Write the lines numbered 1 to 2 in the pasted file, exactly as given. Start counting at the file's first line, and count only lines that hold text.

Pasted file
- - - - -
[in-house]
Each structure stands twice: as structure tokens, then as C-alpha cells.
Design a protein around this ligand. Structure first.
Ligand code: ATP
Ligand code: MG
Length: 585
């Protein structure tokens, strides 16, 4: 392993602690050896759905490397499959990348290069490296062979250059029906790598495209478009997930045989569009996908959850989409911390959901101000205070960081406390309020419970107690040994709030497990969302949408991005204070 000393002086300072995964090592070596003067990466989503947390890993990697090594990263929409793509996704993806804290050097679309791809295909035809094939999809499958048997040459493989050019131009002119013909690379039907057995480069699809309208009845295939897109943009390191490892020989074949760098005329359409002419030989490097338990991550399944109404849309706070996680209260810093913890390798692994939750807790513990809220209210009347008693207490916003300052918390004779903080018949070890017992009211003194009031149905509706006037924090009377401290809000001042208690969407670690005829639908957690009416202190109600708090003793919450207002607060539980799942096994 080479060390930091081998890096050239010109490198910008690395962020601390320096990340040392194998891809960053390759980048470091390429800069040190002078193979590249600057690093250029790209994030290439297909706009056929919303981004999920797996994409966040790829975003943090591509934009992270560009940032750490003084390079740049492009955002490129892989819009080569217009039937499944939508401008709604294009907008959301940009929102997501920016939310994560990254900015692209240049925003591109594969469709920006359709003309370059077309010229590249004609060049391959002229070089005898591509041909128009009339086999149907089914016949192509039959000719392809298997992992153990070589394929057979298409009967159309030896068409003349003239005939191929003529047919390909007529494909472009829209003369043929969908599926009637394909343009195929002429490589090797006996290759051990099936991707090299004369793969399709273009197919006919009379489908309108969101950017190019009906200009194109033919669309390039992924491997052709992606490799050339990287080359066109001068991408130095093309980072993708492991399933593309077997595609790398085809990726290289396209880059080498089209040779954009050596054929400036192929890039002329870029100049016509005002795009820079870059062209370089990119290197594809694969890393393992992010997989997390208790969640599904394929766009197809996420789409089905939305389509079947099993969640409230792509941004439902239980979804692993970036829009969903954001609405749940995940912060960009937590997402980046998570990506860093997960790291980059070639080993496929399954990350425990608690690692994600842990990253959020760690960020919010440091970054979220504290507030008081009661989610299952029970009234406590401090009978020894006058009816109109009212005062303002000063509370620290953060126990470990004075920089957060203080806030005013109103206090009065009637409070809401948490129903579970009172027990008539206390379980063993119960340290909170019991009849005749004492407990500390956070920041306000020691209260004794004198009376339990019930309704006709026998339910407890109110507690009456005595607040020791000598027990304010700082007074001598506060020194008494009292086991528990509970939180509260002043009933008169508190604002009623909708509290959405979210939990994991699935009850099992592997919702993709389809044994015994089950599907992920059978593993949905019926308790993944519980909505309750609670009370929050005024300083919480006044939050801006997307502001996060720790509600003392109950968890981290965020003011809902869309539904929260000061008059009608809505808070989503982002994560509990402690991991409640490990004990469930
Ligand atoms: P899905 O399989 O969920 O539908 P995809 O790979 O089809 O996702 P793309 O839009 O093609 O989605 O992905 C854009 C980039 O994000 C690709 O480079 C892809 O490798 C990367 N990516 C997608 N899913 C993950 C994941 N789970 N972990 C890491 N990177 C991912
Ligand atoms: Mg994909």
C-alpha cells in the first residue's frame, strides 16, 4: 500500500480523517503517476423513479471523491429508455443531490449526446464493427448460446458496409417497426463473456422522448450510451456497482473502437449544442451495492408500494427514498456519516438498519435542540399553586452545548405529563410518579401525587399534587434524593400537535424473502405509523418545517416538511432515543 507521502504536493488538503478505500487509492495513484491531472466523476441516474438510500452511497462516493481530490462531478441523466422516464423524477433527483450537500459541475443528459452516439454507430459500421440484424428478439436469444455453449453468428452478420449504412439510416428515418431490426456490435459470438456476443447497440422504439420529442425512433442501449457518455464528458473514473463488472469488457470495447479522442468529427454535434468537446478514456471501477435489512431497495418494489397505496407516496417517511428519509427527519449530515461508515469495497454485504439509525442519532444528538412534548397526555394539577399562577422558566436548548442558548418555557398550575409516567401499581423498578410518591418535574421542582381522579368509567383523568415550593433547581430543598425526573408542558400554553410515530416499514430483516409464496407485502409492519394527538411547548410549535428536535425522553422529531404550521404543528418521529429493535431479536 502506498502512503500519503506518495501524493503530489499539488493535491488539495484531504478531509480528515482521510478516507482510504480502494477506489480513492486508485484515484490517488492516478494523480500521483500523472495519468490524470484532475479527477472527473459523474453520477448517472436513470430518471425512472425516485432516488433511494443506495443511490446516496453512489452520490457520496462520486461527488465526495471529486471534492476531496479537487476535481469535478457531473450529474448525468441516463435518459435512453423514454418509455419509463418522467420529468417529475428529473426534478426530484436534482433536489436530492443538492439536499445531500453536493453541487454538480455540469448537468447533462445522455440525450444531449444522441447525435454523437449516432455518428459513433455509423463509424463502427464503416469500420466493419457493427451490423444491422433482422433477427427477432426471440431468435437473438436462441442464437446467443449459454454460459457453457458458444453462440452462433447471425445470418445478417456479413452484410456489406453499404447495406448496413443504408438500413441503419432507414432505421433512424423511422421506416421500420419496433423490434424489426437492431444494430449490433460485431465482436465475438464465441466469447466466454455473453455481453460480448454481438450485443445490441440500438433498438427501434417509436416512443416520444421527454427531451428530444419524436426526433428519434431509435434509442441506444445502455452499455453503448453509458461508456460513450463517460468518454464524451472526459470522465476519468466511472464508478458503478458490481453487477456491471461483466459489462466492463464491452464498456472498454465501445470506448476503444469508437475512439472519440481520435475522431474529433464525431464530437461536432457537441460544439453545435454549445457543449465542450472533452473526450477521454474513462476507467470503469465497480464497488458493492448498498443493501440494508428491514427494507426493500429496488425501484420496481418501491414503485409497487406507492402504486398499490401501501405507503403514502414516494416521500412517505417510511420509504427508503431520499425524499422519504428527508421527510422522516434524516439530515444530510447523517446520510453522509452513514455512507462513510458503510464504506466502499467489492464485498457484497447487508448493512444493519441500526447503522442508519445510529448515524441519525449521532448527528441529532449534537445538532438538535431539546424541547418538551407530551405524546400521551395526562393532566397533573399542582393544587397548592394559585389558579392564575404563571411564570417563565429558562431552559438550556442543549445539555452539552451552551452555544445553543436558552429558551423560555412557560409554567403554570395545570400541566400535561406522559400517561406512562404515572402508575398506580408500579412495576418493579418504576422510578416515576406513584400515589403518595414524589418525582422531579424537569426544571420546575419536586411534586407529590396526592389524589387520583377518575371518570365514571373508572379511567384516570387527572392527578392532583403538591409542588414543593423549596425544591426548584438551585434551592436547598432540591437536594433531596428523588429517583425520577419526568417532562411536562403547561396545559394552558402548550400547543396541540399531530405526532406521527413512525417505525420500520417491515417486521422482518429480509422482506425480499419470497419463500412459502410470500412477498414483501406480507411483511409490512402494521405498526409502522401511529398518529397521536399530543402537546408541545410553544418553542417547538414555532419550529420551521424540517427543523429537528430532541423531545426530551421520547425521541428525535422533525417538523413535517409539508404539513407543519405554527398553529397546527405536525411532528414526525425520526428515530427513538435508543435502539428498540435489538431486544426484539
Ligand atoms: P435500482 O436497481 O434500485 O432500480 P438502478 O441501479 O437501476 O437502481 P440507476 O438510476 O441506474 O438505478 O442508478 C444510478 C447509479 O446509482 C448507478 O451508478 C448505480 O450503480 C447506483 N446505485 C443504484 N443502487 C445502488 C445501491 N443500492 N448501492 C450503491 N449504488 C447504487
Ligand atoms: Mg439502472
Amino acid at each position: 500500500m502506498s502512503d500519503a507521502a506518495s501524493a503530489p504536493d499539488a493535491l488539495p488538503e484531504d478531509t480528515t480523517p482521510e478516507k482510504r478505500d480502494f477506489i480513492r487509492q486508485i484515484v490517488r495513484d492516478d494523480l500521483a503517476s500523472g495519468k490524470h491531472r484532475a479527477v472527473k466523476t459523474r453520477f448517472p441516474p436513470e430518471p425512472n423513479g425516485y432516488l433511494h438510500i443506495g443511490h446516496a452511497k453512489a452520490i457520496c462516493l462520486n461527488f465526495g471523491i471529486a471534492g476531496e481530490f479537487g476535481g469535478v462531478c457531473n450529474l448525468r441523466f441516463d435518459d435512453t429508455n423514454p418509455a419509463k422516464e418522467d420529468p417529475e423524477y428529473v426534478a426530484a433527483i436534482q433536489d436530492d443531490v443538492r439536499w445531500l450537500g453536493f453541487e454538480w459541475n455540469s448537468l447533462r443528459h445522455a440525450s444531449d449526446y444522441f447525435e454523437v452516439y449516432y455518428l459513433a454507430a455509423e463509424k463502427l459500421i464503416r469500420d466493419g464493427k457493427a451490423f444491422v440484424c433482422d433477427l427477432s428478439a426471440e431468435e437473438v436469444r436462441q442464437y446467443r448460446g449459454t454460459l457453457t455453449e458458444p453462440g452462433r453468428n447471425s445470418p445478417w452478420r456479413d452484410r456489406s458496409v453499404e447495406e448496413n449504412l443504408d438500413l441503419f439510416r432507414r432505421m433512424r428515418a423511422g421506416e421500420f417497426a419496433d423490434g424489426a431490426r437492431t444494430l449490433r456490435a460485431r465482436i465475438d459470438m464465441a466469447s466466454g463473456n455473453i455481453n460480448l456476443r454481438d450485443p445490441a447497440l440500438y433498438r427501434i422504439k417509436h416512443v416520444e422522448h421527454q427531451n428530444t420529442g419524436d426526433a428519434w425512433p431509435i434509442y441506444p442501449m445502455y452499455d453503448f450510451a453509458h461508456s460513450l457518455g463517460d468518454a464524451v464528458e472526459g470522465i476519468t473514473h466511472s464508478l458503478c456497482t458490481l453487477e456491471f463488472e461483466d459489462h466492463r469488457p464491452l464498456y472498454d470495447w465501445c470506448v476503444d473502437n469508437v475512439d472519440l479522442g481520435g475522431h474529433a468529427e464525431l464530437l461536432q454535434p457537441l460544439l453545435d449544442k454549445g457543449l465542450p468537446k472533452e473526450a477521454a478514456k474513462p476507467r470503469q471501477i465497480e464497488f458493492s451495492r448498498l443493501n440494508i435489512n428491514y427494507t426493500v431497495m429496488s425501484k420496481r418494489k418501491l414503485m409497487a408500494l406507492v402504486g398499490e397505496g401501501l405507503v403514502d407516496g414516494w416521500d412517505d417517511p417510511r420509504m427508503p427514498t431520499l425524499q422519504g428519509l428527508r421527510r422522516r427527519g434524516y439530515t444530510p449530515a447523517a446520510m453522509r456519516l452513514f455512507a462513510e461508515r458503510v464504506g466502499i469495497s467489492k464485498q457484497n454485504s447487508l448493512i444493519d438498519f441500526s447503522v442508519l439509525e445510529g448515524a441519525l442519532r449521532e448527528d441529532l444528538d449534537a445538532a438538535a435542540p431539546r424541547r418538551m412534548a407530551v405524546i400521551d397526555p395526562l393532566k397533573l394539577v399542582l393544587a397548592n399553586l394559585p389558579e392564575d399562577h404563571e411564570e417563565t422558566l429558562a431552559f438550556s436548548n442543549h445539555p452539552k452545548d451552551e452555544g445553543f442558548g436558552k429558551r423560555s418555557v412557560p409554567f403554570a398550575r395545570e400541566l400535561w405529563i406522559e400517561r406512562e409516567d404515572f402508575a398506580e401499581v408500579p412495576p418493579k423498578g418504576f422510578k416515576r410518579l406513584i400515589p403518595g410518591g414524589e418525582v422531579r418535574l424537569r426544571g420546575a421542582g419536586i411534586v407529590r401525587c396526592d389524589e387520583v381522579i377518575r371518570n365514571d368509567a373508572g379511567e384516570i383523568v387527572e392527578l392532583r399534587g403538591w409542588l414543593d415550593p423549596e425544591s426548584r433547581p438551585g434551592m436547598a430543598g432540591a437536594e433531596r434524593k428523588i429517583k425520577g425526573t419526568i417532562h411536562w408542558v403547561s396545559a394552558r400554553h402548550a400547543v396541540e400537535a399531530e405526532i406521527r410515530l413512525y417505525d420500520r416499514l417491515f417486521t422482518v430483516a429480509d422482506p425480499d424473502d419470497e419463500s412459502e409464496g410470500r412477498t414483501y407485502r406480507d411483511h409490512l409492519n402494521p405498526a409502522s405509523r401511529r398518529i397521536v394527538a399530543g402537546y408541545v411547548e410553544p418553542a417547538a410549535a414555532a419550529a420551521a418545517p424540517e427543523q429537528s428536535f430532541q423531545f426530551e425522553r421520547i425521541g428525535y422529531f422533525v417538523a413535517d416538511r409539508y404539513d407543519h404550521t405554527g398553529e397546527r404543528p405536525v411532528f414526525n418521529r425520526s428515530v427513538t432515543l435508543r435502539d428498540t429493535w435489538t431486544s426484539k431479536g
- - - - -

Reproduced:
[in-house]
Each structure stands twice: as structure tokens, then as C-alpha cells.